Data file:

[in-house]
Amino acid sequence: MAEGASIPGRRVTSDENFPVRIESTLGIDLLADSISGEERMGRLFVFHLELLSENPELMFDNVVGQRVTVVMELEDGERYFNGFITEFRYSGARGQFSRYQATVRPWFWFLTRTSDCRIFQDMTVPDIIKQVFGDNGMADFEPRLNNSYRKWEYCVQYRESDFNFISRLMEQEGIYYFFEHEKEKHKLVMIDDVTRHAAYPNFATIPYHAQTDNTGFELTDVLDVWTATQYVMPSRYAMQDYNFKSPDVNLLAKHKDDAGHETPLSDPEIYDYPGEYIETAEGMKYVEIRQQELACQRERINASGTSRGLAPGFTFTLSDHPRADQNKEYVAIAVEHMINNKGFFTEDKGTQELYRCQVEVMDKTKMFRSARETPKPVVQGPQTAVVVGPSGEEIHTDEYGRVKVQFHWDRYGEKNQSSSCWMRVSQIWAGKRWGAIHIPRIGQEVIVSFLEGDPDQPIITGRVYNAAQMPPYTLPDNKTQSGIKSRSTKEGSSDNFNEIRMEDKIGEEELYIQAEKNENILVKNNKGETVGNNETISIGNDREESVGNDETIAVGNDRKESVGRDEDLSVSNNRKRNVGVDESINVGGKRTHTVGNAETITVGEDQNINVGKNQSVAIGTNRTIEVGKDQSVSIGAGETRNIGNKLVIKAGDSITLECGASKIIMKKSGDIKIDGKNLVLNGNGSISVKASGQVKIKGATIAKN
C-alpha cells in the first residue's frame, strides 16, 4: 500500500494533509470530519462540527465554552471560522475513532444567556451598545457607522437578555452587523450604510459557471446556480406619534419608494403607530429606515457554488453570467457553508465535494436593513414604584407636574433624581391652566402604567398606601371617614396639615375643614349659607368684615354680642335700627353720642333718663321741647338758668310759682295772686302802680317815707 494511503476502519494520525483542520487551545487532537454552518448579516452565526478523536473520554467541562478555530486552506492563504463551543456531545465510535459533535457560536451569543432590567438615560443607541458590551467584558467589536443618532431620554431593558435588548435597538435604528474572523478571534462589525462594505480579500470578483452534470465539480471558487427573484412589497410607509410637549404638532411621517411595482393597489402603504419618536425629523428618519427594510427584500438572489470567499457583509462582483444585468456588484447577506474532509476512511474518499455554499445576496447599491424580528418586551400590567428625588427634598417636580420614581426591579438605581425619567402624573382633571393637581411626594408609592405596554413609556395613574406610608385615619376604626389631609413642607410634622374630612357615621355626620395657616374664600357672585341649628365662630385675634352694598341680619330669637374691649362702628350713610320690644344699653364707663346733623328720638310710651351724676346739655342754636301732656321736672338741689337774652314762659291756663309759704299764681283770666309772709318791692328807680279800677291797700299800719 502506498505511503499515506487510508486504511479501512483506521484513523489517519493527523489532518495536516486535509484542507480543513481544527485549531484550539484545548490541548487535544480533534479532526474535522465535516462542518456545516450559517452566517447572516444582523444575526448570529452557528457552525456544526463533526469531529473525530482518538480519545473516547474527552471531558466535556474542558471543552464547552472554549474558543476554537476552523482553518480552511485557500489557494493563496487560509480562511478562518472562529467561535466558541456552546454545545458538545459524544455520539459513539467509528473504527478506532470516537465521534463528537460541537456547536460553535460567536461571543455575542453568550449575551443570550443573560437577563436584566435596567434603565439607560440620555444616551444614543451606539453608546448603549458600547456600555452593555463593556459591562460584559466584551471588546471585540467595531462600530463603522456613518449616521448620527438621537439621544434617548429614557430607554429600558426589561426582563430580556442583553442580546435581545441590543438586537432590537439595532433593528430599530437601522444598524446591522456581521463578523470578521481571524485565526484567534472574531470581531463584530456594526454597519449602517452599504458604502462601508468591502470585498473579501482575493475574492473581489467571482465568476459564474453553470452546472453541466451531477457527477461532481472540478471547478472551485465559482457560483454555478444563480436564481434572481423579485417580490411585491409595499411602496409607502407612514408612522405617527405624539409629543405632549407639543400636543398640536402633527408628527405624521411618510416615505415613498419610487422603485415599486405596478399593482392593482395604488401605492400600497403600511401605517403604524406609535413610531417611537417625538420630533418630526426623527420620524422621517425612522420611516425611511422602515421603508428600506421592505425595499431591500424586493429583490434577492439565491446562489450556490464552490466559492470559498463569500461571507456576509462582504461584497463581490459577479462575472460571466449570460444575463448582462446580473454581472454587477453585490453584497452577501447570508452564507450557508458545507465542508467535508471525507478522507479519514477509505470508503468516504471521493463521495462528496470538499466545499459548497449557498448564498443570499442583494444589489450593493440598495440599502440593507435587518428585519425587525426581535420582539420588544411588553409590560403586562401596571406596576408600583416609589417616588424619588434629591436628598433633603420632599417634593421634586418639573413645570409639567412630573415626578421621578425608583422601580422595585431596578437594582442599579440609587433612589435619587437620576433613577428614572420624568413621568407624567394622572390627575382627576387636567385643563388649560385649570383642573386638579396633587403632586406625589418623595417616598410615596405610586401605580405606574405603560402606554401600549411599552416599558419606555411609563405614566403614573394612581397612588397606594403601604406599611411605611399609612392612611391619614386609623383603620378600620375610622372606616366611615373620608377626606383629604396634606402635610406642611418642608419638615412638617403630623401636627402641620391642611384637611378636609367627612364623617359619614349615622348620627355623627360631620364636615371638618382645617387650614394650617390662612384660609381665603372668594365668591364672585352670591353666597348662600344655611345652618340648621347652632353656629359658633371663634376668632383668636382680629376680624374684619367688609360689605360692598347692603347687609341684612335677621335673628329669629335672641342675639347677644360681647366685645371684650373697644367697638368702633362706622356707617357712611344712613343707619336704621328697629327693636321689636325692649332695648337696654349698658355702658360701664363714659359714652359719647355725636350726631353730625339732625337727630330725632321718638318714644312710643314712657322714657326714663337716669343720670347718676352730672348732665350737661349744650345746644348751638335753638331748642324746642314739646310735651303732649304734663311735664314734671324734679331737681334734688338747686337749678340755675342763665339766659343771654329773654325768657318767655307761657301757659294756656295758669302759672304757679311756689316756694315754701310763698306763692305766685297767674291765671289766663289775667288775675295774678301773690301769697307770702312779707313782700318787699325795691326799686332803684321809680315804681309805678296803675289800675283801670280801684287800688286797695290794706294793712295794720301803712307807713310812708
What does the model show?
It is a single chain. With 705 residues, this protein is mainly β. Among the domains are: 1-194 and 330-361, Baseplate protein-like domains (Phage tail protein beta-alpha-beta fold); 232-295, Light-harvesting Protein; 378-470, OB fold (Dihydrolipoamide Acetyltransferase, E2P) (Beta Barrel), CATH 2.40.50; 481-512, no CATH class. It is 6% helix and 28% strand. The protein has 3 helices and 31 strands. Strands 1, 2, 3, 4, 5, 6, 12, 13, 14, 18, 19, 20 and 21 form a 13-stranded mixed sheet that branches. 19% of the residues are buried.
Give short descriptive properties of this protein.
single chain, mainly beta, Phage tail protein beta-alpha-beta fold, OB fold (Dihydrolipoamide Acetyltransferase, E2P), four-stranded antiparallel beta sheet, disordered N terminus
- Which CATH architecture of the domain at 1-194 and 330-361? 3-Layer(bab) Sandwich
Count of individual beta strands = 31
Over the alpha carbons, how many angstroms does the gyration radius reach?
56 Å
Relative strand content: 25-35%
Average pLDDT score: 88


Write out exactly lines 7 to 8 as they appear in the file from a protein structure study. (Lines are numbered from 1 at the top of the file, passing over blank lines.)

single chain, mainly beta, Phage tail protein beta-alpha-beta fold, OB fold (Dihydrolipoamide Acetyltransferase, E2P), four-stranded antiparallel beta sheet, disordered N terminus
- Which CATH architecture of the domain at 1-194 and 330-361? 3-Layer(bab) Sandwich